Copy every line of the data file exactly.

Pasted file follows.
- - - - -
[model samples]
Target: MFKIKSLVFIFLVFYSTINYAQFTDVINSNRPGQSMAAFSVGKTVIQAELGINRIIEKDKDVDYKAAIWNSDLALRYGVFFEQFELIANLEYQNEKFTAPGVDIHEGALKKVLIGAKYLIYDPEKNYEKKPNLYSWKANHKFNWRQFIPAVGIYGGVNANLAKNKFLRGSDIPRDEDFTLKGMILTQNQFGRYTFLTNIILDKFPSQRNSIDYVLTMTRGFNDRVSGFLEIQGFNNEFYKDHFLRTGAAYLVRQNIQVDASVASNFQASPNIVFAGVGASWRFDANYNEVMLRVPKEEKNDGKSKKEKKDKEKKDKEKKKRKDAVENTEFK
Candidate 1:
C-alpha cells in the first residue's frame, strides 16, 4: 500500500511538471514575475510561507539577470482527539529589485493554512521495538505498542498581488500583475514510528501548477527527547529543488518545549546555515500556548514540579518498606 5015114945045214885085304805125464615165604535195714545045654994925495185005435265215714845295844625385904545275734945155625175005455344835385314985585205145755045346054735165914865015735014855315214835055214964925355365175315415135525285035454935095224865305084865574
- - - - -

[model samples]
Target: MFKIKSLVFIFLVFYSTINYAQFTDVINSNRPGQSMAAFSVGKTVIQAELGINRIIEKDKDVDYKAAIWNSDLALRYGVFFEQFELIANLEYQNEKFTAPGVDIHEGALKKVLIGAKYLIYDPEKNYEKKPNLYSWKANHKFNWRQFIPAVGIYGGVNANLAKNKFLRGSDIPRDEDFTLKGMILTQNQFGRYTFLTNIILDKFPSQRNSIDYVLTMTRGFNDRVSGFLEIQGFNNEFYKDHFLRTGAAYLVRQNIQVDASVASNFQASPNIVFAGVGASWRFDANYNEVMLRVPKEEKNDGKSKKEKKDKEKKDKEKKKRKDAVENTEFK
Candidate 1:
C-alpha cells in the first residue's frame, strides 16, 4: 500500500511538471514575475510561507539577470482527539529589485493554512521495538505498542498581488500583475514510528501548477527527547529543488518545549546555515500556548514540579518498606 5015114945045214885085304805125464615165604535195714545045654994925495185005435265215714845295844625385904545275734945155625175005455344835385314985585205145755045346054735165914865015735014855315214835055214964925355365175315415135525285035454935095224865305084865574